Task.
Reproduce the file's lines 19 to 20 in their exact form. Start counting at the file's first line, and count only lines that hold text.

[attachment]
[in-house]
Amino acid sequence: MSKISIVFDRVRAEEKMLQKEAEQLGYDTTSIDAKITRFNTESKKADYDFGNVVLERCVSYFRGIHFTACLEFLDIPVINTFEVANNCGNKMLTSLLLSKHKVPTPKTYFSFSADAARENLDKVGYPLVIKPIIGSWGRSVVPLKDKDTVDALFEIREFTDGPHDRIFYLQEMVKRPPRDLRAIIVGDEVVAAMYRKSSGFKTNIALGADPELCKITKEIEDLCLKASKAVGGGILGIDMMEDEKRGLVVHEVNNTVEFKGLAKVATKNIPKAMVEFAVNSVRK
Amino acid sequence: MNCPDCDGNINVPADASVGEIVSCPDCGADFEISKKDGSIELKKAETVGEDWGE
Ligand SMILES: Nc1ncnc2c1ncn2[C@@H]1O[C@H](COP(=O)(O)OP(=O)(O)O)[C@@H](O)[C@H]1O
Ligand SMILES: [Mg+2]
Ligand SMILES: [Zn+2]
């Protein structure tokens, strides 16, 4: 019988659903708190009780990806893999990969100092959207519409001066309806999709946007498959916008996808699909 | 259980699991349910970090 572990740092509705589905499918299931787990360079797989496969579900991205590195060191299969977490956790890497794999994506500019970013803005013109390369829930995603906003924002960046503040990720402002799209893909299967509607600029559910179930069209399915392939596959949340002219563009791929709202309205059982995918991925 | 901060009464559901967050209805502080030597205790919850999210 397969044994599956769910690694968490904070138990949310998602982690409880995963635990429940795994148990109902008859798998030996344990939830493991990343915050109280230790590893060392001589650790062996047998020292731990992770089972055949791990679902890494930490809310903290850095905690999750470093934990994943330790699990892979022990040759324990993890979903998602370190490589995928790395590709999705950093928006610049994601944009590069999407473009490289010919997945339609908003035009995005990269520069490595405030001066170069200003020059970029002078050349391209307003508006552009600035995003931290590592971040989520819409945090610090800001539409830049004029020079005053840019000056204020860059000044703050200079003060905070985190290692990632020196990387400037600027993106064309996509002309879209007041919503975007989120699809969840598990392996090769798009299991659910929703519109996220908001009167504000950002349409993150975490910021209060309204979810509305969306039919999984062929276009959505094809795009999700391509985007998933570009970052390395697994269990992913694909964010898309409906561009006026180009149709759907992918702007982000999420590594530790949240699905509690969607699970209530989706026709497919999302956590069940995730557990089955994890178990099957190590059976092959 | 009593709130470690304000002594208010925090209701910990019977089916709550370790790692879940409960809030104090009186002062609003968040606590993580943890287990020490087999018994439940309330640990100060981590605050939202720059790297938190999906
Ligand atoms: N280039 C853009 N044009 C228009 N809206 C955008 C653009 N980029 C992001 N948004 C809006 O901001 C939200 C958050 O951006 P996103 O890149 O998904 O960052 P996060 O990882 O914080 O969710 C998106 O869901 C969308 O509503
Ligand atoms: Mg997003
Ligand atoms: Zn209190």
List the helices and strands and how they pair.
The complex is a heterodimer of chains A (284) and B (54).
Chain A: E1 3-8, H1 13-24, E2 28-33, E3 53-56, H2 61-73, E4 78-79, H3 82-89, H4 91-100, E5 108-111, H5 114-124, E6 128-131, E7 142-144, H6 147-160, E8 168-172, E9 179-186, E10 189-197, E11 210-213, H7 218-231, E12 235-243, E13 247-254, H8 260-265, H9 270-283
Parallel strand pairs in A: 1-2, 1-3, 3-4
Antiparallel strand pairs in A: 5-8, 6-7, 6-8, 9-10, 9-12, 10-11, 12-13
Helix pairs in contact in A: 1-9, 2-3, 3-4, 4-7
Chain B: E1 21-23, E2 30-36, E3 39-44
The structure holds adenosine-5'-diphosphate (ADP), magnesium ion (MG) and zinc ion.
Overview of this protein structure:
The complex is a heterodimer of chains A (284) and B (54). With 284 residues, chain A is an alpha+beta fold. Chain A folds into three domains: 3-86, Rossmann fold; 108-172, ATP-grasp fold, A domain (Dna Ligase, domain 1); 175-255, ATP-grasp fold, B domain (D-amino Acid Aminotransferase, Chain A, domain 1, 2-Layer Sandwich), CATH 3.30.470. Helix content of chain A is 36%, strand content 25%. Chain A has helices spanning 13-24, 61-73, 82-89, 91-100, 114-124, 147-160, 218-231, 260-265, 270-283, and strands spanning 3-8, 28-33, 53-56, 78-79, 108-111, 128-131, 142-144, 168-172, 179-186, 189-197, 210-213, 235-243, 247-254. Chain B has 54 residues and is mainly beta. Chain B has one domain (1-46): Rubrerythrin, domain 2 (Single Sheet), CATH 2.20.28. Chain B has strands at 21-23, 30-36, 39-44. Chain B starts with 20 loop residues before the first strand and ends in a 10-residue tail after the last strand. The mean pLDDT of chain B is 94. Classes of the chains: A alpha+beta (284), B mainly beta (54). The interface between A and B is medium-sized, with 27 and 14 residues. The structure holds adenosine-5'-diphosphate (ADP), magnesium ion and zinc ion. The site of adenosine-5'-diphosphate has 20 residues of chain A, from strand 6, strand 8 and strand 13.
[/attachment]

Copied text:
Overview of this protein structure:
The complex is a heterodimer of chains A (284) and B (54). With 284 residues, chain A is an alpha+beta fold. Chain A folds into three domains: 3-86, Rossmann fold; 108-172, ATP-grasp fold, A domain (Dna Ligase, domain 1); 175-255, ATP-grasp fold, B domain (D-amino Acid Aminotransferase, Chain A, domain 1, 2-Layer Sandwich), CATH 3.30.470. Helix content of chain A is 36%, strand content 25%. Chain A has helices spanning 13-24, 61-73, 82-89, 91-100, 114-124, 147-160, 218-231, 260-265, 270-283, and strands spanning 3-8, 28-33, 53-56, 78-79, 108-111, 128-131, 142-144, 168-172, 179-186, 189-197, 210-213, 235-243, 247-254. Chain B has 54 residues and is mainly beta. Chain B has one domain (1-46): Rubrerythrin, domain 2 (Single Sheet), CATH 2.20.28. Chain B has strands at 21-23, 30-36, 39-44. Chain B starts with 20 loop residues before the first strand and ends in a 10-residue tail after the last strand. The mean pLDDT of chain B is 94. Classes of the chains: A alpha+beta (284), B mainly beta (54). The interface between A and B is medium-sized, with 27 and 14 residues. The structure holds adenosine-5'-diphosphate (ADP), magnesium ion and zinc ion. The site of adenosine-5'-diphosphate has 20 residues of chain A, from strand 6, strand 8 and strand 13.